4. Overall evaluation of performance of all three levels of government
Primary Outcomes (explanation)
Secondary Outcomes
Secondary Outcomes (end points)
Secondary Outcomes (explanation)
Experimental Design
Experimental Design
I conduct a panel 2×2 factorial randomized controlled trial among citizens of the city of Novosibirsk, Russia. To test the predictions about the effects of media reports, I designed the intervention that includes showing a random groups of adult residents of the city of Novosibirsk, enrolled in the study, two short video reports prepared by local online media outlet, Tayga.info. These video reports are administered prior to the endline measurement either via online web access, or in person on a tablet. In total there will be four equally sized non-overlapping experimental groups in the study, where each group was administered different combination of video reports. Each respondent is exposed to two video reports, approximately 60 seconds each.
Experimental Design Details
Randomization Method
The assignment to one of the four experimental groups was conducted using block complete random assignment. The blocks of size 4 were constructed using optimal greedy algorithm on Mahalanobis distances by a number of baseline characteristics: Gender, age group, media independence evaluation, knowledge of allocation of responsibility for public health care provision, support for acting governor, and whether respondent agreed to offline/online mode of endline survey. I employ blockTools package in [R] to implement the block random assignment.
Randomization Unit
individual level randomization by block
Was the treatment clustered?
No
Experiment Characteristics
Sample size: planned number of clusters
1526 residents of the city of Novosibirsk from 18 to 64 y.o. who agreed to participate in the endline survey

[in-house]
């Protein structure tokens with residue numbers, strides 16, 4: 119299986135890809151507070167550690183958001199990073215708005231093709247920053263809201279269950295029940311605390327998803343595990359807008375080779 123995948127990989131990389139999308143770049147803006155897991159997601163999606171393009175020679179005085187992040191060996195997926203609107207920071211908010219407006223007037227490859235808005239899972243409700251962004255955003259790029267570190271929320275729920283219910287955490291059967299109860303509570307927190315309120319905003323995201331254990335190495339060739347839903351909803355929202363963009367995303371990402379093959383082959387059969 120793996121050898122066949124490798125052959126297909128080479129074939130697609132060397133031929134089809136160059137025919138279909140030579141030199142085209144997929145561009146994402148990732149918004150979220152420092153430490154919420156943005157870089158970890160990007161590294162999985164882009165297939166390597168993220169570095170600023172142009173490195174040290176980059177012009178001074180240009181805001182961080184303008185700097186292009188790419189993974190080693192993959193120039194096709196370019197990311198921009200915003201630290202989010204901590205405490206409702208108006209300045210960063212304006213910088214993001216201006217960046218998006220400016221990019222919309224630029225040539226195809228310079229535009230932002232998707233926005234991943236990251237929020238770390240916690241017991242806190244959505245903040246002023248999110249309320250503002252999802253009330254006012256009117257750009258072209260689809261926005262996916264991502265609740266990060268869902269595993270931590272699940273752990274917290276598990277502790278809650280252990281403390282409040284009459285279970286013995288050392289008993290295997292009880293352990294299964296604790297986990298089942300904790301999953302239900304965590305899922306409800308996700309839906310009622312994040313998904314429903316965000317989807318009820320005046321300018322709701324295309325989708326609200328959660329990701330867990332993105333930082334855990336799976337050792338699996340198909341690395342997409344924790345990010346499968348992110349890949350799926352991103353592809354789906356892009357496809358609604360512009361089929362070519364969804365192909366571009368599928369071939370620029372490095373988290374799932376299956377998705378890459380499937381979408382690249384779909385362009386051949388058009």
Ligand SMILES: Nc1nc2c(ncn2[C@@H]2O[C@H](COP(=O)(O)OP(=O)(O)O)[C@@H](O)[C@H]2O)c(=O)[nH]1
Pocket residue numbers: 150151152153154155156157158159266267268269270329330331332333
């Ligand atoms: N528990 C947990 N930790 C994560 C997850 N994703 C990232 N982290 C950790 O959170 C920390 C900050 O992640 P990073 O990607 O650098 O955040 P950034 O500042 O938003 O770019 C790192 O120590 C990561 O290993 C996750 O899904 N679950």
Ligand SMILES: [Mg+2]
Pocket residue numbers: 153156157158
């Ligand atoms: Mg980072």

Sample size: planned number of observations
1526 residents of the city of Novosibirsk from 18 to 64 y.o. who agreed to participate in the endline survey
Sample size (or number of clusters) by treatment arms
Every individual was assigned to one of the four experimental groups with equal probability resulting in 356/356/357/357 split.
Minimum detectable effect size for main outcomes (accounting for sample design and clustering)
Given the panel structure of the intervention, I use the baseline data to identify the MDE for the study. Using DeclareDesign package in [R] I find that for all main predicted effects I have at least 0.8 power to detect the effect size as little as 25% of standard deviation of corresponding baseline variable.
IRB
INSTITUTIONAL REVIEW BOARDS (IRBs)
IRB Name
Columbia University Morningside IRB
IRB Approval Date
2018-08-16
IRB Approval Number
IRB-AAAR9146
Post-Trial
Post Trial Information
Study Withdrawal
Intervention
Is the intervention completed?
Yes
Intervention Completion Date
September 14, 2018, 12:00 AM +00:00
Is data collection complete?
Yes
Data Collection Completion Date
September 14, 2018, 12:00 AM +00:00
Final Sample Size: Number of Clusters (Unit of Randomization)
Was attrition correlated with treatment status?
Final Sample Size: Total Number of Observations
Final Sample Size (or Number of Clusters) by Treatment Arms
Data Publication
Data Publication
Is public data available?
No
Program Files
Program Files
Reports and Papers
Preliminary Reports
Relevant Papers